Marshall football: Roberts is healthy, ready to work way into rotation
HUNTINGTON, W.Va. -- Darryl Roberts isn't in the business of being a spectator, but the lingering effects of a broken ankle kept the Marshall cornerback on the sideline for the entire 2012 season.
He went to every home game and cheered his teammates from the sidelines, but during every game, he wished he could throw on a pair of shoulder pads and a helmet and join the Thundering Herd secondary.
He's getting that wish this spring. Healthy and ready to play, Roberts is working his way back into the Herd's corner rotation.
"It feels good just being back out here with my teammates," he said, "getting that bond back and having a good time flying around and making plays."
Roberts played all 13 of Marshall's 2011 games, starting nine, picked off one pass and was second on the team with seven pass breakups. His absence last season was one of several injuries that shortened Marshall's cornerback depth chart.
A.J. Leggett's shoulder injury kept him out for the season and a number of bumps and bruises affected the rest of the group.
That's why Marshall Coach Doc Holliday said it's been a major pick-me-up for the secondary in getting Roberts, a 5-foot-11, 175-pound redshirt junior, back on the field.
"He was an awful good football player for a couple of years and we missed him," Holliday said. "It's great to see him back there. Anytime you get a good football player, it's going to help. Competition is the greatest thing in the world in developing players, and having that kind of competition at the corner and safety positions is going to be great."
Roberts will have to spend some time learning the system from new defensive coordinator Chuck Heater, but he said that, physically, it's like he never missed a second.
"I feel pretty good, actually," he said. "I had a good offseason, working and rehabbing really hard. I feel really good right now. I feel like I didn't lose a step, and I feel better than I did."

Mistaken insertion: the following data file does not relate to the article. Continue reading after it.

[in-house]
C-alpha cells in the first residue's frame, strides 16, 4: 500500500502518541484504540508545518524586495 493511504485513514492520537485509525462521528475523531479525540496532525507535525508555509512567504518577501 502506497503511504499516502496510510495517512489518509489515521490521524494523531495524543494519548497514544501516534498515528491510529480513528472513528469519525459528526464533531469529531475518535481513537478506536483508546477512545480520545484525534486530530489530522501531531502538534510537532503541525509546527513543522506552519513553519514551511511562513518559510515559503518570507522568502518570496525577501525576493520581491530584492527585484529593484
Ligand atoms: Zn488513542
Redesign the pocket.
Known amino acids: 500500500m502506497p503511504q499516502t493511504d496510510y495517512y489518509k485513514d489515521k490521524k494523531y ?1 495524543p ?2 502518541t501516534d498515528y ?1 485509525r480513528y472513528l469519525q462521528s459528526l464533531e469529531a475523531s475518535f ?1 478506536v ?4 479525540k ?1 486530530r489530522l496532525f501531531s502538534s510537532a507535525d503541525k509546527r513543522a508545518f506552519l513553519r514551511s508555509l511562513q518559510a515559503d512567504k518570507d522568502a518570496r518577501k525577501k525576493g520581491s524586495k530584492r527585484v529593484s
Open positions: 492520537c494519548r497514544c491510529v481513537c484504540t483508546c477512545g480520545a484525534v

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THE DEFENSIVE LINE is getting a double dose of coaching this spring with the arrival of ends coach Sean Cronin. Cronin, a former Herd assistant who spent the last two seasons as Temple's defensive line coach, is splitting up the line duties with J.C. Price, who will guide the interior defensive linemen.
Rising senior defensive end Jeremiah Taylor said that in the early stages of spring practice, Cronin has stressed that his players operate with a high motor.
"What he emphasizes is effort," said Taylor, a team captain last season as a junior. "The stuff we need to know, that will come with repetition. The thing he's harping on is effort, to make sure you go hard all the time."
That doesn't mean Price has abandoned the ends, Taylor said. They'll still work with Price during practice to learn inside moves. Taylor feels that extra coaching will be a major benefit in the end. Marshall's 1.58 sacks per game tied it with five other Football Bowl Subdivision teams for 87th nationally. Its 6.08 tackles for loss per game tied it with three other teams for 48th nationally.
"Coming in from different perspectives, it's going to help a lot," said Taylor, who led the Herd in sacks with 5.5 and finished fourth with 8.5 tackles for loss. "You're getting it from both ways."
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BLAKE BROOKS wanted to contribute more to Marshall's success. A defensive lineman last season, he recorded one tackle in four games while also playing offensive line for the Herd's scout team. At the end of last season, he and the coaches decided a switch from defense to offense might work.
This spring, Brooks, a former South Charleston High School star who won the 2009 Hunt Award as West Virginia's top high school lineman, is at guard.
"I wanted to contribute for the team and just help the team out to win," he said. "I think the best decision for the coaches and for myself and for this team was for me to be on the offensive side of the ball."
While Brooks played on offense and defense in high school, he's been a defensive lineman since arriving at Marshall. This spring, his role changes from quarterback hunter to quarterback protector, and the transition takes a little getting used to.
"Offensively, you have to think a little bit more," Brooks said. "Defensively, you can just crank the engine and go. Offensively, you have to have your ears open and you have to listen a lot more.
"With the linebackers moving and the defensive line switching, I think that's pretty much the transition," he added. "You have to listen to the quarterback. When I played defense, I just looked at the play call and just went."
Contact sportswriter Derek Redd at email@example.com or 304-348-1712. His blog is at blogs.dailymail.com/marshall. Follow him on Twitter @derekredd.